The Ark is next spoken of as being in the tabernacle at Shiloh during Samuel's apprenticeship (1 Sam. 3:3). After the settlement of the Israelites in Canaan, the Ark remained in the tabernacle at Gilgal for a season, then was removed to Shiloh until the time of Eli, between 300 and 400 years (Jeremiah 7:12), when it was carried into the field of battle, so as to secure, as they supposed, victory to the Hebrews; and it was taken by the Philistines (1 Sam. 4:3-11), who sent it back after retaining it seven months (1 Sam. 5:7, 8) because of the events said to have transpired. After their first defeat at Eben-ezer, the Israelites had the Ark brought from Shiloh, and welcomed its coming with great rejoicing. The Tabernacle is known in Hebrew as the Mishkan ( משכן Place of [Divine] dwelling). It was to be a portable central place of worship for the Hebrews from the time they left ancient Egypt following the Exodus, through the time of the Book of Judges when they were engaged in conquering... Look up Israelite in Wiktionary, the free dictionary. ... Map of Canaan For other uses, see Canaan (disambiguation). ... Gilgal is a place name in the Hebrew Bible. ... Eli (עֵלִי Ascent, Standard Hebrew ʿEli, Tiberian Hebrew ʿĒlî) is the name of one of the last Israelite judges before the rule of kings in ancient Israel. ... The Book of Jeremiah, or Jeremiah (יִרְמְיָהוּ YirmÉ™yāhÅ« in Hebrew), is part of the Hebrew Bible, Judaisms Tanakh, and later became a part of Christianitys Old Testament. ... Map showing the location of Philistine land and cities of Gaza, Ashdod, and Ashkelon Map of the southern Levant, c. ... Eben-ezer - stone of help, the memorial stone set up by Samuel after a signal defeat of the Philistines, as a memorial of the help received on the occasion from God (1 Sam. ...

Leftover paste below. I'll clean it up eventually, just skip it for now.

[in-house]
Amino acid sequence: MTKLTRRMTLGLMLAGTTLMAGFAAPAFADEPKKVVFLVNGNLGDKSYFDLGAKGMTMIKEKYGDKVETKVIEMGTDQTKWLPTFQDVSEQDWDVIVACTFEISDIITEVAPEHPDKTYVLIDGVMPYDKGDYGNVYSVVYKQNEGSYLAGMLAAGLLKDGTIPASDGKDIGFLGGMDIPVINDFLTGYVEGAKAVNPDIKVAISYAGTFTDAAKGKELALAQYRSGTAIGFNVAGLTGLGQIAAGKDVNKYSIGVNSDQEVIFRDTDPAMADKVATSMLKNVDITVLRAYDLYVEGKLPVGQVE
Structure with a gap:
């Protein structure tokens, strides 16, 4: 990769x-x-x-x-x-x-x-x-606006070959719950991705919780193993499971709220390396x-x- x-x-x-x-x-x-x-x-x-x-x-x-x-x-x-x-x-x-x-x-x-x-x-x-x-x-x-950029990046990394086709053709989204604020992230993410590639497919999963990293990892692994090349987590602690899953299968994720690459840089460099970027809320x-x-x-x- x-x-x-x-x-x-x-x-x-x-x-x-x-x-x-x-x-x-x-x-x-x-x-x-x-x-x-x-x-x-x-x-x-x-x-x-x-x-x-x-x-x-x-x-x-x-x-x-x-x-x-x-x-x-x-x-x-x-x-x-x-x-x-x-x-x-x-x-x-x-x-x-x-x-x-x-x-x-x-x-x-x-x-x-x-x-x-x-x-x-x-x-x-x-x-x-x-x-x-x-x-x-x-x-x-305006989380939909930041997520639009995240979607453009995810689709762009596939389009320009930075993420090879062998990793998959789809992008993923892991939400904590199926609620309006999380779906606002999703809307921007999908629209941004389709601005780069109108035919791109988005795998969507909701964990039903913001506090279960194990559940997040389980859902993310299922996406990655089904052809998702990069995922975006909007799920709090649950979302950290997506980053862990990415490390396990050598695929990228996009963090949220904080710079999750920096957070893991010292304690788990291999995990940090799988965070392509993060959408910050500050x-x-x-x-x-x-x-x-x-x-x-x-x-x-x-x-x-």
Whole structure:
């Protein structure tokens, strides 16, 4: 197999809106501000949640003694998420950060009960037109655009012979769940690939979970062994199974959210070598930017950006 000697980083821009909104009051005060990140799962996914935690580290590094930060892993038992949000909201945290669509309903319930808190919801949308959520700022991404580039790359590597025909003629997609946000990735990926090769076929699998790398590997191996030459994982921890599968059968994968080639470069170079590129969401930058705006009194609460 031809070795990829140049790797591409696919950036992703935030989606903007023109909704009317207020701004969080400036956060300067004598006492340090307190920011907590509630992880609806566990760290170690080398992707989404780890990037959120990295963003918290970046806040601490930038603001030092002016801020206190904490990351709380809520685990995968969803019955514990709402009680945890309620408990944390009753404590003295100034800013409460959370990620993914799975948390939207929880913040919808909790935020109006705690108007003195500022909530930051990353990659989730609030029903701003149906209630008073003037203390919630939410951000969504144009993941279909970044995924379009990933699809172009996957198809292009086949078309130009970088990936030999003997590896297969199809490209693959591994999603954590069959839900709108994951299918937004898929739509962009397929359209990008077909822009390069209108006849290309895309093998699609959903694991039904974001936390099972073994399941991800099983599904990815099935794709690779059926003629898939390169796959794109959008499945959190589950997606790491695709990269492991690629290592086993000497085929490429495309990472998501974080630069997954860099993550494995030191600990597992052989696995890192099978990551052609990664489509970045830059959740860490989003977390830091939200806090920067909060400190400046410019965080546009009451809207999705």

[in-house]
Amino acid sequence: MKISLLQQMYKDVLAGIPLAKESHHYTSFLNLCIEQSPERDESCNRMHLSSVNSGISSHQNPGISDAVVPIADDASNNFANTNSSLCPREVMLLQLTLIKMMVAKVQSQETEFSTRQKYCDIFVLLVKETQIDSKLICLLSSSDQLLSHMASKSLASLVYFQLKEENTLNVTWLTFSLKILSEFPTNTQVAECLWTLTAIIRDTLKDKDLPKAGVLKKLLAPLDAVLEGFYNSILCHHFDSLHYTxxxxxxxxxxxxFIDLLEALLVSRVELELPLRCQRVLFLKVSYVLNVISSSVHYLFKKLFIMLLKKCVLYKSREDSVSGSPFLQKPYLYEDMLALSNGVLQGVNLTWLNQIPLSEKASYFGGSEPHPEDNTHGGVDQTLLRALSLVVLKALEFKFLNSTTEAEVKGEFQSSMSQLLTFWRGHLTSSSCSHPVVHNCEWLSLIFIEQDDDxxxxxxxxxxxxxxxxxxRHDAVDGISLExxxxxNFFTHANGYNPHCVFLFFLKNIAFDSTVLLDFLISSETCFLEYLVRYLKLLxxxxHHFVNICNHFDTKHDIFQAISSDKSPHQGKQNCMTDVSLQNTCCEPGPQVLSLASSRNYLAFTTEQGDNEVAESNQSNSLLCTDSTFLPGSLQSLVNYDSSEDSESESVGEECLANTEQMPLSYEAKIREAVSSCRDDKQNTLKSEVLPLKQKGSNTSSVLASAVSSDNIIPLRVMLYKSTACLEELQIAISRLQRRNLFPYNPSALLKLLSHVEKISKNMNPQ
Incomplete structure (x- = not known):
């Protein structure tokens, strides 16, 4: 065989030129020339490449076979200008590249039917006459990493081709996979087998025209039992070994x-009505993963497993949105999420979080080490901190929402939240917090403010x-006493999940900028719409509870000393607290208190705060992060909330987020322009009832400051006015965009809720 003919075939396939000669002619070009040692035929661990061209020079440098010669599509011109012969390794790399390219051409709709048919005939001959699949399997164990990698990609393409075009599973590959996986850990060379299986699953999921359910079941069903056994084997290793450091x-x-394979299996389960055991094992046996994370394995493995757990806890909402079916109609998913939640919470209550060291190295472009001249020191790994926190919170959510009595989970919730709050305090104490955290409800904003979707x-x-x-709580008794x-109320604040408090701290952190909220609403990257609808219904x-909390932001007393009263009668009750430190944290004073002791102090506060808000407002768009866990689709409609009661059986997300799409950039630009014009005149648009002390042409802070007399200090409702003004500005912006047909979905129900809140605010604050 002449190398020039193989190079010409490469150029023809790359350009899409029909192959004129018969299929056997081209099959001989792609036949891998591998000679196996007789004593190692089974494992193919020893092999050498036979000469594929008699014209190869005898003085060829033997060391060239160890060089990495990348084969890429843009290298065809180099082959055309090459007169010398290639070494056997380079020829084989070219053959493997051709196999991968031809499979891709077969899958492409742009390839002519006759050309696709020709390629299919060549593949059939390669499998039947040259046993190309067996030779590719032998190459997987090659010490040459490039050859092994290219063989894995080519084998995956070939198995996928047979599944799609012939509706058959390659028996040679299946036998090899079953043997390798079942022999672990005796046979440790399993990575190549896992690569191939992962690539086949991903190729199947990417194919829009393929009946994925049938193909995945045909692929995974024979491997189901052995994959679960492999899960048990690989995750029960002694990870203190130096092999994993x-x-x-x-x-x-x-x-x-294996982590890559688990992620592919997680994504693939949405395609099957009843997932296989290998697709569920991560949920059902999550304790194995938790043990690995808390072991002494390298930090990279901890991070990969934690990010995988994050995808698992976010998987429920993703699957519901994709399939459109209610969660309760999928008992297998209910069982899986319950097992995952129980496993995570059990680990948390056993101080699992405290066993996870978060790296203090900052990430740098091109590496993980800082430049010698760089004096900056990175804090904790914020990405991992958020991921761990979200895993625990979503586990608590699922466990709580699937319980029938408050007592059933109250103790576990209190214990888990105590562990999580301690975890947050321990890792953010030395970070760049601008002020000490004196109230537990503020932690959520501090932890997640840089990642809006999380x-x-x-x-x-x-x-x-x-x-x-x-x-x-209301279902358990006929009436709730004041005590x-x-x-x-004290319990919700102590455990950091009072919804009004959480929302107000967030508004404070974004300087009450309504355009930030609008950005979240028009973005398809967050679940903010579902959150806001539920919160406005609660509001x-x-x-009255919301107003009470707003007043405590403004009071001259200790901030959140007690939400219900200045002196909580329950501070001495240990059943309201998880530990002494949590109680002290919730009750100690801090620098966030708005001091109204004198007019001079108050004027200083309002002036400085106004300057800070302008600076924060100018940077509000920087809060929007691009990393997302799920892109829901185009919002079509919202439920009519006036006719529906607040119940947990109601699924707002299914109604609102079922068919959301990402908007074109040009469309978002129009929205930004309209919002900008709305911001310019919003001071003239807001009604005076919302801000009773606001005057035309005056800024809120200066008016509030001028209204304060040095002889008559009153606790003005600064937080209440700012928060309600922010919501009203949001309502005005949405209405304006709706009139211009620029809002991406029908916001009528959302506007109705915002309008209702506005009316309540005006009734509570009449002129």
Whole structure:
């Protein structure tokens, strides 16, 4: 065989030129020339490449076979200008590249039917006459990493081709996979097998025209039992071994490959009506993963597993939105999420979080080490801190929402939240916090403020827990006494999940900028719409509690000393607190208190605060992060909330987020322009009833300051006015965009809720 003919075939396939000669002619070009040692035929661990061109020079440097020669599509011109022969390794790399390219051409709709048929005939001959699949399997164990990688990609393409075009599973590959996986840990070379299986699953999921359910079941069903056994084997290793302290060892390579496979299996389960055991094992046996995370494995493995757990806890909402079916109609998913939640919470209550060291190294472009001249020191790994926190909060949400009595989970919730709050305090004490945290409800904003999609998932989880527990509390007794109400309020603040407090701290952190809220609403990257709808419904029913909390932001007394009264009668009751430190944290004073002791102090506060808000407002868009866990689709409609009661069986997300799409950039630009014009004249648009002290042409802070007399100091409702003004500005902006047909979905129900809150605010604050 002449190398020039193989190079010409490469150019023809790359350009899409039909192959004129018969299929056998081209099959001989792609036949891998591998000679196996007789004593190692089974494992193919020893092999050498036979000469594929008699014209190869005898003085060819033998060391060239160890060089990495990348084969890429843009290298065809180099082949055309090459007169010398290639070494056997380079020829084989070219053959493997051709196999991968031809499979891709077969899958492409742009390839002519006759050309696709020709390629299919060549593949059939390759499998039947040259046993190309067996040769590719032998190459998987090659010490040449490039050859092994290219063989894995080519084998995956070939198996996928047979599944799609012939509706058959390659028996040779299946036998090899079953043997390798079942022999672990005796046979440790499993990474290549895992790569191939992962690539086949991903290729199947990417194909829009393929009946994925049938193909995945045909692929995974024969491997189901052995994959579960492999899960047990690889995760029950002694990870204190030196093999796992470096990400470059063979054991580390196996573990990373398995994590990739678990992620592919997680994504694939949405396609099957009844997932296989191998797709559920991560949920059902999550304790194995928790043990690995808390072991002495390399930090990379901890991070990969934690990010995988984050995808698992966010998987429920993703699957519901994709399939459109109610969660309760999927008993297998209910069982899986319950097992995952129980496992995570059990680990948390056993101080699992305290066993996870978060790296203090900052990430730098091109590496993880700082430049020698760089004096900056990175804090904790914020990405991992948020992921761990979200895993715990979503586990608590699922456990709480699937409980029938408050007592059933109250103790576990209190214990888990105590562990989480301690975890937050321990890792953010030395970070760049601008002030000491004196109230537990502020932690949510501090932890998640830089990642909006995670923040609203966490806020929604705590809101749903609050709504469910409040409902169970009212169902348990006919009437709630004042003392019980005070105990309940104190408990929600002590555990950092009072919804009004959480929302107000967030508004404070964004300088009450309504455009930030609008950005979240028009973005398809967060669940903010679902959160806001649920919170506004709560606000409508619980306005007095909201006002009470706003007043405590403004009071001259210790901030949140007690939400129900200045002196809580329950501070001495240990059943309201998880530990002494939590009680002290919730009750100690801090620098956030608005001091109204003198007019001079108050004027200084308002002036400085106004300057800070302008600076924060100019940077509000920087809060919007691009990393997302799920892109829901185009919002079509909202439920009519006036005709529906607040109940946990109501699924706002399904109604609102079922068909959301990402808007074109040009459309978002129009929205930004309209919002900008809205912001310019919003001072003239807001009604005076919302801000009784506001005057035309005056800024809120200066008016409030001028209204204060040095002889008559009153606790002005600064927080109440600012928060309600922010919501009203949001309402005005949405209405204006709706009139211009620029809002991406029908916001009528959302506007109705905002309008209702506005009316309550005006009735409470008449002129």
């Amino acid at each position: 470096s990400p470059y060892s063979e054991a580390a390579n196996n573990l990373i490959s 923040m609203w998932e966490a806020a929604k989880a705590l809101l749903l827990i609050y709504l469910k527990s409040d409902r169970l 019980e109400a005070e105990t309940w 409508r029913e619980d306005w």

In the second battle, the Israelites were again defeated, and the Philistines captured the Ark (1 Sam. 4:3-5, 10, 11). The news of its capture was at once taken to Shiloh by a messenger "with his clothes rent, and with earth upon his head." The old priest, Eli, fell dead when he heard it; and his daughter-in-law, bearing a son at the time the news of the capture of the Ark was received, named him Ichabod—explained as "Where is glory?" in reference to the loss of the Ark (1 Sam. 4:12-22). Ichabod, in the Bible, is the son of Phinehas. ...